Exhibit examines buzzing
world of bees
Posted March 30, 2007
Lauren Pollard
The Irene Carlson Gallery is showcasing “Queen Bees: Eco-Actions and Collective Organizing” through May 4, featuring various women artists. Junior Nery Magana observes Nancy Macko’s panels, which are excerpts from “The Honeycomb Wall.” Macko’s “The Honeycomb Wall” is the exploration of development of mythology in “bee priestesses” from her images and information on honeybees.

The “Queen Bees: Eco-Actions and Collective Organizing” exhibit displays documentation and photographic artwork of various artists whose goals are to express community and they are politically responsive and ecologically aggressive.

Bees combine their specializations in different areas to make their hives thrive.

Much like these insects, neuroscience has provided evidence that human beings, especially women, are wired to work in groups, and in doing so reward centers in the brain produce the feeling of pleasure.

Eight different artists and collectives display their work in the Irene Carlson Gallery of Photography in Miller Hall.

At first sight, some of the art looks scattered, with various pieces on different ends of the small and narrow gallery.

The artwork varies greatly from one artist to the next, so much that it seems the different pieces are not apart of the same exhibit and a person is left trying to make sense of it all.

“You have to fill in the details,” photography instructor Kevin Holland said.
Even he was confused as to what the message of the exhibit was but he did admire the variations of technique from artist to artist.

There was no description, title, or even the name of the artist under any piece of art which lead to even greater confusion.

It may be possible that the curator did this purposely to create a sense of team work rather than individuality but all it really did was create a sense of displacement.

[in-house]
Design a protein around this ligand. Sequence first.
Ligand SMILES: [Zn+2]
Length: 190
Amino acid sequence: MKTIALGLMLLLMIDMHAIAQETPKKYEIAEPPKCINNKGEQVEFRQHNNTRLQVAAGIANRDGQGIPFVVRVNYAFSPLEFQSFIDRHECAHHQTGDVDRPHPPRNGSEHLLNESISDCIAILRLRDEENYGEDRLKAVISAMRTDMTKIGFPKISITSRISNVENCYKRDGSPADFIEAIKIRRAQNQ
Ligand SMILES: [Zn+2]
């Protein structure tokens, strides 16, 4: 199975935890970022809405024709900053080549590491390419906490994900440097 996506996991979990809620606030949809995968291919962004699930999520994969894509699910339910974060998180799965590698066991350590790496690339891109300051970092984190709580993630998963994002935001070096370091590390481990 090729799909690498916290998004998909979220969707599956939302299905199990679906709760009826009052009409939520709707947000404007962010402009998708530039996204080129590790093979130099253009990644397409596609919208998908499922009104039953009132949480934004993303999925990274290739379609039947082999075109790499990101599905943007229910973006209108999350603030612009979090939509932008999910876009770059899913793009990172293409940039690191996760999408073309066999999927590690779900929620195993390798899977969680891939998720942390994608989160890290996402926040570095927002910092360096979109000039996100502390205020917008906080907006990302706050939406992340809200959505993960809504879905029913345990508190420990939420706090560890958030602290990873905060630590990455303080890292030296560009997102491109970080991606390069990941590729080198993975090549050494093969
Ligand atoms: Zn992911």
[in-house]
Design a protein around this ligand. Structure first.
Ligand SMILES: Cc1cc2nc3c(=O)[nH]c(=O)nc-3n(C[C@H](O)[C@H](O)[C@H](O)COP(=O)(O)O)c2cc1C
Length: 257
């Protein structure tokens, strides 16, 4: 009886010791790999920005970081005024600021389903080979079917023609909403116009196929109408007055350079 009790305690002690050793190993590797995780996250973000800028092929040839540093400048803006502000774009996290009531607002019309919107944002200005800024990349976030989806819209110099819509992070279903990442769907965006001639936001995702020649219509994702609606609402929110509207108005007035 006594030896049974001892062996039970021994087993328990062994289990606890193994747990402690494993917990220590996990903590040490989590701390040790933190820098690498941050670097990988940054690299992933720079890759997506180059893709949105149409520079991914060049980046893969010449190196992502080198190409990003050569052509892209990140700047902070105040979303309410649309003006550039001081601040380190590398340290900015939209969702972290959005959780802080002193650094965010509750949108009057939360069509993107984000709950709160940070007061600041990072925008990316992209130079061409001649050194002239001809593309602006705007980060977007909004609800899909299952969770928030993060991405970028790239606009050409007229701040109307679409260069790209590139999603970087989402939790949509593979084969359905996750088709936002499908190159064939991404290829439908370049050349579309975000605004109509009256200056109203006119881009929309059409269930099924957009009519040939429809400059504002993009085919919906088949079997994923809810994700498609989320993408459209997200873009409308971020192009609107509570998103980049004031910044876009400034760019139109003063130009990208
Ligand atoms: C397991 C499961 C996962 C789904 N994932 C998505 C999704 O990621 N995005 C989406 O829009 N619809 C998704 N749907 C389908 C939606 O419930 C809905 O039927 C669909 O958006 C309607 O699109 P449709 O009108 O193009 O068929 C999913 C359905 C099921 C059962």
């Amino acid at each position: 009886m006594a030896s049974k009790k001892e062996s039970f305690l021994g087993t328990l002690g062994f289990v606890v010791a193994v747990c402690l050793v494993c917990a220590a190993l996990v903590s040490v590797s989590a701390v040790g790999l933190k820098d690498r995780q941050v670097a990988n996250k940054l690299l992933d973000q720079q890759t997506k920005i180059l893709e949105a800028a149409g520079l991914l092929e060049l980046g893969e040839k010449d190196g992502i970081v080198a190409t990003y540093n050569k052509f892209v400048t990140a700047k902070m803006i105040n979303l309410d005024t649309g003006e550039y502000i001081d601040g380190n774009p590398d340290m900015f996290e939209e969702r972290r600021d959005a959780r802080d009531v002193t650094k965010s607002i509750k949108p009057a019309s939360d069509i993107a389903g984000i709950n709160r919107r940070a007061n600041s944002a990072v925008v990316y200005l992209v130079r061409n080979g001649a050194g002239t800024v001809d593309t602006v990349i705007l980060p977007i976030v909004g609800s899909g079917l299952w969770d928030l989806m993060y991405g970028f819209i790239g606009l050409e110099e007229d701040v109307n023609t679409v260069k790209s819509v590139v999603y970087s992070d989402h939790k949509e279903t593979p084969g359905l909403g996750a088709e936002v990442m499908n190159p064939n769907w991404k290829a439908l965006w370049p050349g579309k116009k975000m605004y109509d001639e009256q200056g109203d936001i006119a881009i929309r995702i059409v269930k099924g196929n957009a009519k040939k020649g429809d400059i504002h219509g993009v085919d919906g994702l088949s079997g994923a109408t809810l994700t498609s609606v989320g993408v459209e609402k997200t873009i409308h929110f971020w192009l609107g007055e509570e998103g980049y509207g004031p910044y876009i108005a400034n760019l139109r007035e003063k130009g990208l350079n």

The pieces varied from collages, photographs to aerial views, and from bright reds to pastel greens.

Some pieces were better and stranger than others. A few of the pieces looked as though they were constructed while under the influence and others looked like they belonged in a grandma’s house.

However, taking a deeper look and reading the pamphlet instilled a greater meaning of the work.

The oil painting was no longer just a gift for grandma, but an acknowledgment that housing developments are destroying the natural beauty of California.

The artist, Nancy Buchanan did this by layering images of housing developments over a scanned oil painting.

Another trio of pictures shows a cornfield in the middle of Los Angeles.
Lauren Bon and her team transformed an old train yard bringing the community a sense of renewal.

Atico 8, a collaboration of three women artists, shows map-based drawings. Different colored strings and pins connect different parts of the world as if to unite us all.

Perhaps one of the most interesting pieces comes from Roya Falahi.
Her two portraits are covered in blood red and the subjects are camouflaged from head to toe, with not a single area of skin showing.

Her goal is to make the viewer question politics and the media, as well as to disorient the viewer.

Another intriguing art piece was a collage of different photographs.

Seen from a distance the pictures painted a landscape of mountains and went from night to twilight to day and back to twilight and night again.

This piece had the potential to be the best if it were not for all the random and scattered objects placed on the photographs.

It lost its beauty because of the clippings of photos, such as a fox, placed above the collage. Instead of adorning the work it destroyed it.

The exhibit wants to make viewers question the importance of working together, the environments and bees.

Admission to the exhibit is free and it is open through May 4, Monday through Friday from 9 a.m. to 9 p.m.

Ginny Ceballos can be reached at gceballos@ulv.edu.

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